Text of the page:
Teaching Toolbox

Handy reference cards for crucial and tricky words. Word sounds to help you practice more. Techniques to help you tackle common challenges that help you get unstuck.

Build Strong Foundations in Reading, Writing and Spelling

Practise common 3 letter words. Use this word list, to help a dyslexic child improve their spelling, reading and writing skills.

Use Thought Tree to Help Dyslexic Child get Ideas Down on Paper

Dyslexic kids think quickly and can have jumbled ideas. Learn to make a Though Tree to help get their ideas down.

Check Dyslexic Child has Understood Instructions

Help child hear and understand verbal instructions. Get them to repeat instructions back to you, before completing all the tasks on the card.

Practice Tracing to Help Child Write Letters Correctly

Help dyslexic child practice writing letters and remember words correctly. By tracing the same letter up to 10 times.

Using Muscle Memory To Help A Child With Dyslexia Remember Spellings

Learn joined-up writing, become better at spelling words. Use muscle memory to help remember, correct order of letters in a word.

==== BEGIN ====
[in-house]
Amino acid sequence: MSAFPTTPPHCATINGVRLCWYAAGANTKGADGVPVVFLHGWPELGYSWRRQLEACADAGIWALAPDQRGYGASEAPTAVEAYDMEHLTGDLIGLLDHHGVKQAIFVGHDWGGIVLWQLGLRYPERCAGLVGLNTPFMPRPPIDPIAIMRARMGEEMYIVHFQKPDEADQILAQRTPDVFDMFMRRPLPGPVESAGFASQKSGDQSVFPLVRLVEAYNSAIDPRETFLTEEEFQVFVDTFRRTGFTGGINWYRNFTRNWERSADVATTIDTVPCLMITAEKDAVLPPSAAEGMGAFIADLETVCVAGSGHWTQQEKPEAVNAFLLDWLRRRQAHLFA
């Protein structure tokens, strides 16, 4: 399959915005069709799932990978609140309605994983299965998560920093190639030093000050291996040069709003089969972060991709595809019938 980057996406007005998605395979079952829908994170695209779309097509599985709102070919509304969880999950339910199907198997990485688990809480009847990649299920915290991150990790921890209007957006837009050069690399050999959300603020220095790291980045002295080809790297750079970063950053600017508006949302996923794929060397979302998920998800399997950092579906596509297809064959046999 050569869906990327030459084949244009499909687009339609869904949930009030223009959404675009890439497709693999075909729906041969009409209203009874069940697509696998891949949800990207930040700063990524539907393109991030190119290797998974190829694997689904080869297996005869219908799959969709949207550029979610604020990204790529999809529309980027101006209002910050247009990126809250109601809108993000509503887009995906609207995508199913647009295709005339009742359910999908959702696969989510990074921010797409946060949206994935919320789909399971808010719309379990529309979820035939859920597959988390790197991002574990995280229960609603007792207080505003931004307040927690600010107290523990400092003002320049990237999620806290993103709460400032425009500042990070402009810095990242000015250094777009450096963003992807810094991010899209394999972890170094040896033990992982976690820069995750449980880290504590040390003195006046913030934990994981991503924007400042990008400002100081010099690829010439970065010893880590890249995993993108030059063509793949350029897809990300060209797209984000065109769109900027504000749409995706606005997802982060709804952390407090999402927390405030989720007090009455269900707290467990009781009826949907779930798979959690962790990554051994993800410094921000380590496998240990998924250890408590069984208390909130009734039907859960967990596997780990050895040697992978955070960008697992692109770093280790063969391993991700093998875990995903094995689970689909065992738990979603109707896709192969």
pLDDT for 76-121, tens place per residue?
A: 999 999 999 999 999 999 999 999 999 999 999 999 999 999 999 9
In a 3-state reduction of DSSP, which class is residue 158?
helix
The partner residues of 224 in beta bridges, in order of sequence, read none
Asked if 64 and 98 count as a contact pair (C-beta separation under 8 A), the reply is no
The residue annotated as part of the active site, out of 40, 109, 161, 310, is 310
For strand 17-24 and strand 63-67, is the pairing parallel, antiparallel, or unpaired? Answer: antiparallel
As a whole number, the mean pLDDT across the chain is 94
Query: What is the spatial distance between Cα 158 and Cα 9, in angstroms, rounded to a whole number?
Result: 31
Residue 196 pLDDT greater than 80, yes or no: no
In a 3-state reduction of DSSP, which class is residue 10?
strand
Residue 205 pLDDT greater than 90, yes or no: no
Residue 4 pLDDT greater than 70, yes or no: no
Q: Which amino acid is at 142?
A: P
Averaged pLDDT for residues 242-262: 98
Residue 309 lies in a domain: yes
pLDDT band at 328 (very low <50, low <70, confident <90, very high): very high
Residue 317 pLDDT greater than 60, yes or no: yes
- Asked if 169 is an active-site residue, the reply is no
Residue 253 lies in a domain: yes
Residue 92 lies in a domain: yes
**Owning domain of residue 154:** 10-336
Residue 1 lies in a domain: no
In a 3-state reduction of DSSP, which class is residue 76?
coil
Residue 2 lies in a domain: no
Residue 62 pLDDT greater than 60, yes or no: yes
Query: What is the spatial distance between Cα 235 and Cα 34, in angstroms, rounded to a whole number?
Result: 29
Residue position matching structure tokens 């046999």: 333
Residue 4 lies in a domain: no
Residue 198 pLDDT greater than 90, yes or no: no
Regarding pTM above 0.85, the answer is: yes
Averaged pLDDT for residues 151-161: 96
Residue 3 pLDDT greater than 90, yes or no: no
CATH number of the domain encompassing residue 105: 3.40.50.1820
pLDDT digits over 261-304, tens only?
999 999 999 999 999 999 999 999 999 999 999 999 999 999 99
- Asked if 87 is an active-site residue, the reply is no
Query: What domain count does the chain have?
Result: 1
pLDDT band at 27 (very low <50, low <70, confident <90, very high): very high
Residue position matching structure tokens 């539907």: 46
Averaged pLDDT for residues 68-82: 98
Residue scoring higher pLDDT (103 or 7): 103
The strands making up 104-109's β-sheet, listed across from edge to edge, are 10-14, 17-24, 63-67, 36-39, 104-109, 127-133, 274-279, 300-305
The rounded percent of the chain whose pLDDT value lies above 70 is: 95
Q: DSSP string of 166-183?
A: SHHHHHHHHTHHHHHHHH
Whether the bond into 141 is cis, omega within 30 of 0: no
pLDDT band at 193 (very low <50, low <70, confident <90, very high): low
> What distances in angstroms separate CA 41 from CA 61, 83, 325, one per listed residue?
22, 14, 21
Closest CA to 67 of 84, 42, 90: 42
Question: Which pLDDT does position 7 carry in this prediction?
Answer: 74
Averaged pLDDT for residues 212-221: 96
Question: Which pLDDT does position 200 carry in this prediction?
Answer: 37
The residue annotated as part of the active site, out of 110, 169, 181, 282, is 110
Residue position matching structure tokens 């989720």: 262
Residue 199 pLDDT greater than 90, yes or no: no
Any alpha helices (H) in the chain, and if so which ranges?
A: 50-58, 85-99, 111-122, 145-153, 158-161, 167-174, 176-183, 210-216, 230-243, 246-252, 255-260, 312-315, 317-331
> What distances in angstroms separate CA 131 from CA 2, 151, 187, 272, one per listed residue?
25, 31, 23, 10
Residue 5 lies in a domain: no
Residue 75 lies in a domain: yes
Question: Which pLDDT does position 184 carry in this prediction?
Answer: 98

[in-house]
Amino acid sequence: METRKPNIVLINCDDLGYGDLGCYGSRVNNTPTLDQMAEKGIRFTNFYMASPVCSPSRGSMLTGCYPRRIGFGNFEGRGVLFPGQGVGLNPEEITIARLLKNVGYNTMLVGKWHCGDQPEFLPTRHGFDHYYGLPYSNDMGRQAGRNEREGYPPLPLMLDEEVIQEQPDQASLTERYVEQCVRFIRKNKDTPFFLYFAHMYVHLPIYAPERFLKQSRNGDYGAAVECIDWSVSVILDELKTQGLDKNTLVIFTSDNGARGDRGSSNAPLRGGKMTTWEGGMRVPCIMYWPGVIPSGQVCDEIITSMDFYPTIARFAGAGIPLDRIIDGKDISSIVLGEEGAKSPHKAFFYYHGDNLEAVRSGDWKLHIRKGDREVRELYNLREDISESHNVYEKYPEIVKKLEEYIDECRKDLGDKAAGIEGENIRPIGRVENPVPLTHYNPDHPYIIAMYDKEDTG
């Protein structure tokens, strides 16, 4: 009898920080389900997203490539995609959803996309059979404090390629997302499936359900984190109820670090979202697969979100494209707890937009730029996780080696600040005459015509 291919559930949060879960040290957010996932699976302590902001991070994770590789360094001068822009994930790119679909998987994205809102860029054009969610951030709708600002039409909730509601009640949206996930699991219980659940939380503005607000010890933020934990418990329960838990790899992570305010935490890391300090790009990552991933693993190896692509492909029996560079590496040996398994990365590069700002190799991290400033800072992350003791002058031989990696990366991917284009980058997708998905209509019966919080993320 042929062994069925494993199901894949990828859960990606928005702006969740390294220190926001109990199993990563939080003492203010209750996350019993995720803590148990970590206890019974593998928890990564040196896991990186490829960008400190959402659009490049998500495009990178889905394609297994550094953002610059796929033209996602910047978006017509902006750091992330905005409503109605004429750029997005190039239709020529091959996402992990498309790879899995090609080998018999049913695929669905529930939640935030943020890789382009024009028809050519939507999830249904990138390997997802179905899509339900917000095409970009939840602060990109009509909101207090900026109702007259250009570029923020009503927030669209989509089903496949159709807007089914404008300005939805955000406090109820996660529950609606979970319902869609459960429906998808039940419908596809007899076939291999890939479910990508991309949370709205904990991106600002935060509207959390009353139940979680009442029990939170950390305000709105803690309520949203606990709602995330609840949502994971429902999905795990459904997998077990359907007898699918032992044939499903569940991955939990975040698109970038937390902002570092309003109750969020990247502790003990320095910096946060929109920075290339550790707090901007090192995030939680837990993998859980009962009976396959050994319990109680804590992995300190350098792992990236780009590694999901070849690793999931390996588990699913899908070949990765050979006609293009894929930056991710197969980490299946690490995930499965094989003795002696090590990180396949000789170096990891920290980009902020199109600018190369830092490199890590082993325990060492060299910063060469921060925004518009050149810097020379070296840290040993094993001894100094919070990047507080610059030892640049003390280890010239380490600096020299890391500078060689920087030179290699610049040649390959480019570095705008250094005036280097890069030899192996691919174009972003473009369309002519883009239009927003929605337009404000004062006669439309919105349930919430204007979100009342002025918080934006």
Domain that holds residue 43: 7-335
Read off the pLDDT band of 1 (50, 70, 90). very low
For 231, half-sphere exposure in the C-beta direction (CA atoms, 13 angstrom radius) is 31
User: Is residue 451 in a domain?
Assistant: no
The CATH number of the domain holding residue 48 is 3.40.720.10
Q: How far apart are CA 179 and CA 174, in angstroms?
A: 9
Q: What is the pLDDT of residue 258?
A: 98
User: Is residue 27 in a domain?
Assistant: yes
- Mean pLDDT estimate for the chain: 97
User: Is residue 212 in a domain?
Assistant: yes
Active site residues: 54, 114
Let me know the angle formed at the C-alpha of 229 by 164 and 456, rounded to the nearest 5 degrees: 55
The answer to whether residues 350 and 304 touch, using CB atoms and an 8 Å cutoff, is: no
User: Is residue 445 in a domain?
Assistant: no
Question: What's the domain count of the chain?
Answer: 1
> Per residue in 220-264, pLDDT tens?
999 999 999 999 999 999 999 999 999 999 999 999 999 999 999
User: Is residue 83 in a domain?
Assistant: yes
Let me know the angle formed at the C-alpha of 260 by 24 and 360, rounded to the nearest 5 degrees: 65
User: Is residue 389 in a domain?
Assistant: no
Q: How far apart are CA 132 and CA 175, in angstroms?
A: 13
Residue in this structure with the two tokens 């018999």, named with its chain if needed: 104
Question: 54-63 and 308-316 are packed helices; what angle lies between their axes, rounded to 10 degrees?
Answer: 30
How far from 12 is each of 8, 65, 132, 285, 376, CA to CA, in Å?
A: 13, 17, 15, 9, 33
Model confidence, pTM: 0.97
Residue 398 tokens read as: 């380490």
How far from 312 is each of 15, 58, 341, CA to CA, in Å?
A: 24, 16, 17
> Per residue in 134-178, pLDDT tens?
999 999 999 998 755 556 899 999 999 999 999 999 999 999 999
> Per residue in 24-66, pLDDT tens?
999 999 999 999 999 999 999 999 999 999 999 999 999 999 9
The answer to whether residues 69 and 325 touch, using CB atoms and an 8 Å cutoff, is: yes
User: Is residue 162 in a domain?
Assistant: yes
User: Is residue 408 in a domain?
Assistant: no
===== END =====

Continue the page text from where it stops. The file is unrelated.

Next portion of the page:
Using Rhymes To Help A Child With Dyslexia Spell

Remember words spellings, facts in correct order. Use memory tags, such as pictures, stories and rhymes.

Multi Sensory - Dyslexia Friendly Learning for Kids

Dyslexia friendly learning. Use all their senses to have fun learning new letters and words.

The Rule Of 10 Dyslexia Activity To Help Them Remember

Use rule of 10, to teach dyslexic kids. Repeat word spellings in 10 fun ways, to help them learn.

Reasons Our Customers Love Us...

“This (Mooki Cards) has been our game changer. Never before did he get any, last week we had 9 outta 12”

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“Dyslexic Mum has some wonderful really useful cards, you can read through them yourself and use some together. I'm finding them really useful as is my son”

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The Dyslexia Show

You need to get these cards, so much useful information and help

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“We used the morning check list with pictures, the last few days it has made her less anxious visually seeing how much (little) she had to do. Great tip”

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